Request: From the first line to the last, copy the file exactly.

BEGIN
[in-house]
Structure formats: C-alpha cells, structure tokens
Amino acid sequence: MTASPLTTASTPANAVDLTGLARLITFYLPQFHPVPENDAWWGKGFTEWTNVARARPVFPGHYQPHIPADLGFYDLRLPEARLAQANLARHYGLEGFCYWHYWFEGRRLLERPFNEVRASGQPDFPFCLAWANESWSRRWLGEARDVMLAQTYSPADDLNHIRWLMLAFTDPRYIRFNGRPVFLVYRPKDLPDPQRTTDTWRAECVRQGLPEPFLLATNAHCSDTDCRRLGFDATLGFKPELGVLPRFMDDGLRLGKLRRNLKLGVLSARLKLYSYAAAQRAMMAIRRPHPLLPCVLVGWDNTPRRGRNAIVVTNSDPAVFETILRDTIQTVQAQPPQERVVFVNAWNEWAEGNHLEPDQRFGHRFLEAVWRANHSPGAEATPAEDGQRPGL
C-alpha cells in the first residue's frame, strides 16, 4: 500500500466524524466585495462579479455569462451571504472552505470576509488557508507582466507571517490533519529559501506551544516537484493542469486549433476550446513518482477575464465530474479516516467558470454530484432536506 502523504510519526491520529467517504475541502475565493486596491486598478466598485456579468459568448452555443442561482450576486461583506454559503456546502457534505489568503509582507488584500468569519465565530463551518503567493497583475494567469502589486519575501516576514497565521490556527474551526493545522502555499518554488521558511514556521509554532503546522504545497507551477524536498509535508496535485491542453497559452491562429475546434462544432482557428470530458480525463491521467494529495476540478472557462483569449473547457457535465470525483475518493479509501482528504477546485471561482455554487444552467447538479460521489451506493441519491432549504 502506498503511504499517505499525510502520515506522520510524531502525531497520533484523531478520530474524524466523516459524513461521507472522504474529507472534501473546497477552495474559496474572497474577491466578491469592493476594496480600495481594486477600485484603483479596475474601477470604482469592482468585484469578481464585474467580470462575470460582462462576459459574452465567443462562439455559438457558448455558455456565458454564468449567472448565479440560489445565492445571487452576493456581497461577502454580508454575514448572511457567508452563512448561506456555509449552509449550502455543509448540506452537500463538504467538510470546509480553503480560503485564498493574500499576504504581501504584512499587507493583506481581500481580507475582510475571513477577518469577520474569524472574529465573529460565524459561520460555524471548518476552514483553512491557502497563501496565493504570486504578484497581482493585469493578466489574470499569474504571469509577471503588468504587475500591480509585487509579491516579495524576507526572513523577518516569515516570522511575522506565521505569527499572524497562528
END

[in-house]
Structure formats: C-alpha cells, structure tokens
Amino acid sequence: MTASPLTTASTPANAVDLTGLARLITFYLPQFHPVPENDAWWGKGFTEWTNVARARPVFPGHYQPHIPADLGFYDLRLPEARLAQANLARHYGLEGFCYWHYWFEGRRLLERPFNEVRASGQPDFPFCLAWANESWSRRWLGEARDVMLAQTYSPADDLNHIRWLMLAFTDPRYIRFNGRPVFLVYRPKDLPDPQRTTDTWRAECVRQGLPEPFLLATNAHCSDTDCRRLGFDATLGFKPELGVLPRFMDDGLRLGKLRRNLKLGVLSARLKLYSYAAAQRAMMAIRRPHPLLPCVLVGWDNTPRRGRNAIVVTNSDPAVFETILRDTIQTVQAQPPQERVVFVNAWNEWAEGNHLEPDQRFGHRFLEAVWRANHSPGAEATPAEDGQRPGL
C-alpha cells in the first residue's frame, strides 16, 4: 500500500466524524466585495462579479455569462451571504472552505470576509488557508507582466507571517490533519529559501506551544516537484493542469486549433476550446513518482477575464465530474479516516467558470454530484432536506 502523504510519526491520529467517504475541502475565493486596491486598478466598485456579468459568448452555443442561482450576486461583506454559503456546502457534505489568503509582507488584500468569519465565530463551518503567493497583475494567469502589486519575501516576514497565521490556527474551526493545522502555499518554488521558511514556521509554532503546522504545497507551477524536498509535508496535485491542453497559452491562429475546434462544432482557428470530458480525463491521467494529495476540478472557462483569449473547457457535465470525483475518493479509501482528504477546485471561482455554487444552467447538479460521489451506493441519491432549504 502506498503511504499517505499525510502520515506522520510524531502525531497520533484523531478520530474524524466523516459524513461521507472522504474529507472534501473546497477552495474559496474572497474577491466578491469592493476594496480600495481594486477600485484603483479596475474601477470604482469592482468585484469578481464585474467580470462575470460582462462576459459574452465567443462562439455559438457558448455558455456565458454564468449567472448565479440560489445565492445571487452576493456581497461577502454580508454575514448572511457567508452563512448561506456555509449552509449550502455543509448540506452537500463538504467538510470546509480553503480560503485564498493574500499576504504581501504584512499587507493583506481581500481580507475582510475571513477577518469577520474569524472574529465573529460565524459561520460555524471548518476552514483553512491557502497563501496565493504570486504578484497581482493585469493578466489574470499569474504571469509577471503588468504587475500591480509585487509579491516579495524576507526572513523577518516569515516570522511575522506565521505569527499572524497562528